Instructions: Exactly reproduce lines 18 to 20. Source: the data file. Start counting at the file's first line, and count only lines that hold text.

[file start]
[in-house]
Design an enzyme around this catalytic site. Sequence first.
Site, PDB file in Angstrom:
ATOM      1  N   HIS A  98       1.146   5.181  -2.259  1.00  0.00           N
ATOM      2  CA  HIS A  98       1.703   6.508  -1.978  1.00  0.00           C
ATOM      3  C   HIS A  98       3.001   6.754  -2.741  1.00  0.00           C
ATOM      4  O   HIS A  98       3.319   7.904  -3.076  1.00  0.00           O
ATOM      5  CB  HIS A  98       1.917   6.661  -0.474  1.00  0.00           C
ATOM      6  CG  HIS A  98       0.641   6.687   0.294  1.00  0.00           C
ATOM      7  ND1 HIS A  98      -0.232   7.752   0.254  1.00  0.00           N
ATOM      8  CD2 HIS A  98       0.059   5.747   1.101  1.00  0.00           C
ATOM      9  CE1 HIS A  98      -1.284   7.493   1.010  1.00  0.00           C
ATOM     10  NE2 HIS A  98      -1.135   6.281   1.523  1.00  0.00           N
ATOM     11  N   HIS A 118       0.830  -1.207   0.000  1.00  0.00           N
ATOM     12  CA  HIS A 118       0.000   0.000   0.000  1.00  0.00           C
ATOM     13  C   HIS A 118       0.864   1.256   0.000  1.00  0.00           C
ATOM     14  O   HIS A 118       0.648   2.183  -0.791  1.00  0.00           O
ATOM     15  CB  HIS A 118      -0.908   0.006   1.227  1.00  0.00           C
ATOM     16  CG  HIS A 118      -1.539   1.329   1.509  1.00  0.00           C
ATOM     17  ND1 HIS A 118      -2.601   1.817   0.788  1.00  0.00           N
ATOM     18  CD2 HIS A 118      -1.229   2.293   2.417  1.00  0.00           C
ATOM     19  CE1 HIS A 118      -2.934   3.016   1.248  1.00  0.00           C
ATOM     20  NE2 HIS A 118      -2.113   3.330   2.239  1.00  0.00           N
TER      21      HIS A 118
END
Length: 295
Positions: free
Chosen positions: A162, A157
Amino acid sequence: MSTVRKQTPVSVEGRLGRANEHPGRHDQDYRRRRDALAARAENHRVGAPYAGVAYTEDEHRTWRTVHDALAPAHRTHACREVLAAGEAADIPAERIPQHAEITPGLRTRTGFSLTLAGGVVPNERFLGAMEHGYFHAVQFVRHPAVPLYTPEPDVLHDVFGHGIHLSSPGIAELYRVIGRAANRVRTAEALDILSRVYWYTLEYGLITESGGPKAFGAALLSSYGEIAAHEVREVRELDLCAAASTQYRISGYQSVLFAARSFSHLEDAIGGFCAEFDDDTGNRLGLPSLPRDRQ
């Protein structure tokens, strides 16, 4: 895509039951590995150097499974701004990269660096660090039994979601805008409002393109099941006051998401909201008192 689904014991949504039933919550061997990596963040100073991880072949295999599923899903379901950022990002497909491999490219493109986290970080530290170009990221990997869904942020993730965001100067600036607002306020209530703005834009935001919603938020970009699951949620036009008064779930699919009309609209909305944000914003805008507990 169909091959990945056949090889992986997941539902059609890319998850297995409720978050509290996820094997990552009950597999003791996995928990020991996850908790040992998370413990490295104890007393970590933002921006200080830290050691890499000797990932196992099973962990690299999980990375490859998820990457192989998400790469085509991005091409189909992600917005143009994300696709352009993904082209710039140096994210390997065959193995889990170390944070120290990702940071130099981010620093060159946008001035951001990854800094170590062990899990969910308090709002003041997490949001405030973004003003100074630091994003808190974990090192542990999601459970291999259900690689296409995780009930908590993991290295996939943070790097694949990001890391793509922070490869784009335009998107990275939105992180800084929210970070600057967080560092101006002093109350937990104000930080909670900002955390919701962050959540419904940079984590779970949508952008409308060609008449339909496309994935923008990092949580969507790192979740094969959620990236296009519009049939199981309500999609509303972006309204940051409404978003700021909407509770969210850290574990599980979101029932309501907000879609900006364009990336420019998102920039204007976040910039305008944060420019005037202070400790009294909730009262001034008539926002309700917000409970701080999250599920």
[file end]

ATOM     15  CB  HIS A 118      -0.908   0.006   1.227  1.00  0.00           C
ATOM     16  CG  HIS A 118      -1.539   1.329   1.509  1.00  0.00           C
ATOM     17  ND1 HIS A 118      -2.601   1.817   0.788  1.00  0.00           N